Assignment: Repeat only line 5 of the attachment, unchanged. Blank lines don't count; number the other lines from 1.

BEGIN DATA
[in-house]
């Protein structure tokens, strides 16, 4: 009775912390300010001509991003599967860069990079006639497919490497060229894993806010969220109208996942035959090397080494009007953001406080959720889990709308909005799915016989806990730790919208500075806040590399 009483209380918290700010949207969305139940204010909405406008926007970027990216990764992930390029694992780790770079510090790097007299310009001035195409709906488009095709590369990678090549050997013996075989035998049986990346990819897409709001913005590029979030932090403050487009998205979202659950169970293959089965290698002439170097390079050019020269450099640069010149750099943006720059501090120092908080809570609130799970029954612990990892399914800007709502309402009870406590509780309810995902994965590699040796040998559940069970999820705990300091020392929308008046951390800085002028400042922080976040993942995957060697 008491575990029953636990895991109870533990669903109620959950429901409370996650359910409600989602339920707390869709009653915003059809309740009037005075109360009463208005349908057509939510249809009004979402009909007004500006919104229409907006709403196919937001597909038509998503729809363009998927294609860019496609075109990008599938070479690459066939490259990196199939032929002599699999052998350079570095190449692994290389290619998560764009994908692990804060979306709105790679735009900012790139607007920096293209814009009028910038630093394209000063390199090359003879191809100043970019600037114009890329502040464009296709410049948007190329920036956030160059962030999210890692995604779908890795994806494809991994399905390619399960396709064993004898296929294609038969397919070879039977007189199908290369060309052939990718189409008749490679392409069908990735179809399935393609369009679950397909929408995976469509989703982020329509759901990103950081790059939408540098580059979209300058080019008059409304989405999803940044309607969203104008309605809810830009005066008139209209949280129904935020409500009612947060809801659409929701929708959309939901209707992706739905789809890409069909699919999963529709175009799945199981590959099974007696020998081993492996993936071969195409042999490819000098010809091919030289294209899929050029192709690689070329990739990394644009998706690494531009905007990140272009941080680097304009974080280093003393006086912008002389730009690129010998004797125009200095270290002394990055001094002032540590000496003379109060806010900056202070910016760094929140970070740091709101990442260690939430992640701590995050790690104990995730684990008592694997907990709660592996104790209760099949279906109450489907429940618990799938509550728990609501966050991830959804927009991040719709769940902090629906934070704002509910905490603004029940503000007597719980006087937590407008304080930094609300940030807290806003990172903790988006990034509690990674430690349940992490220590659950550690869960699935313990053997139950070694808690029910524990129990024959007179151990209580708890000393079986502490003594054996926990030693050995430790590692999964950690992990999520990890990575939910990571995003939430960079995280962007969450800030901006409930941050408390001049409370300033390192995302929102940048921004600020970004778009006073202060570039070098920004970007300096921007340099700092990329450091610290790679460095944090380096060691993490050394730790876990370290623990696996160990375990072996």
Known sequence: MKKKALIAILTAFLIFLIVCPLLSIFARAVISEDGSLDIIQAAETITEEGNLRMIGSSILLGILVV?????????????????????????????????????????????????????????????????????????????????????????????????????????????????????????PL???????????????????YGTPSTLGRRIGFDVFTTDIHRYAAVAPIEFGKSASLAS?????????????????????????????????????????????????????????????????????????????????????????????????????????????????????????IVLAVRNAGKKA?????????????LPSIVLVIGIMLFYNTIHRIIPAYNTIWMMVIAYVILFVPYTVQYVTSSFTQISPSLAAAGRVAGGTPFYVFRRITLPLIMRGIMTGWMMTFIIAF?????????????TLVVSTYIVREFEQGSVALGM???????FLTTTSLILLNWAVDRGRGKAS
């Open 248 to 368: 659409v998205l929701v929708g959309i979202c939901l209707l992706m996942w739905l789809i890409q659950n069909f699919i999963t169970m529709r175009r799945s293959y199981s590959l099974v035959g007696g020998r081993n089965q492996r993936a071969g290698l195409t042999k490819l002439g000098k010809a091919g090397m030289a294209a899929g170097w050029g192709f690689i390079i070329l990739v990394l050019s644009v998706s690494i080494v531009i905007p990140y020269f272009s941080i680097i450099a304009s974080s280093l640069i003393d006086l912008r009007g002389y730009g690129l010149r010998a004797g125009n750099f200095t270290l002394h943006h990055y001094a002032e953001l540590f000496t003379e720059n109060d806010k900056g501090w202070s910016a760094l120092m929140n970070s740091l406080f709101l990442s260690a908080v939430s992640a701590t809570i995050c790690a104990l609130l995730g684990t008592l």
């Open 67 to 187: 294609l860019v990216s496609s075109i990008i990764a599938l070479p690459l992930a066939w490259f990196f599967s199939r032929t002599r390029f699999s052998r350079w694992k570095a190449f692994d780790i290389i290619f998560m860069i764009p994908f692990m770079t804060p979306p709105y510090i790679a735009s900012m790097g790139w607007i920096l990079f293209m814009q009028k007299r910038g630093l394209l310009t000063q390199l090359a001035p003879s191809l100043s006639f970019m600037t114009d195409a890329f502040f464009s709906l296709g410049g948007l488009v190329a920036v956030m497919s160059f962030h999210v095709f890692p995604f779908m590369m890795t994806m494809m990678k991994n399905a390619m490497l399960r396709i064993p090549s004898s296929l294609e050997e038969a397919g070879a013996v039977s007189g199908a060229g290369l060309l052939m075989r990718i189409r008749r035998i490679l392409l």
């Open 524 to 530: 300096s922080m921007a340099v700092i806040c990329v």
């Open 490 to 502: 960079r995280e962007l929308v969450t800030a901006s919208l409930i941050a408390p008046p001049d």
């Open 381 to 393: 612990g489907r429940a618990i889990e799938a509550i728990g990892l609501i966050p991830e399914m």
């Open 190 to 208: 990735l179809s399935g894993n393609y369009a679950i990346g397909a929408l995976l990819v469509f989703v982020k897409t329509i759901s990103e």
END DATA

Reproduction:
């Open 67 to 187: 294609l860019v990216s496609s075109i990008i990764a599938l070479p690459l992930a066939w490259f990196f599967s199939r032929t002599r390029f699999s052998r350079w694992k570095a190449f692994d780790i290389i290619f998560m860069i764009p994908f692990m770079t804060p979306p709105y510090i790679a735009s900012m790097g790139w607007i920096l990079f293209m814009q009028k007299r910038g630093l394209l310009t000063q390199l090359a001035p003879s191809l100043s006639f970019m600037t114009d195409a890329f502040f464009s709906l296709g410049g948007l488009v190329a920036v956030m497919s160059f962030h999210v095709f890692p995604f779908m590369m890795t994806m494809m990678k991994n399905a390619m490497l399960r396709i064993p090549s004898s296929l294609e050997e038969a397919g070879a013996v039977s007189g199908a060229g290369l060309l052939m075989r990718i189409r008749r035998i490679l392409l």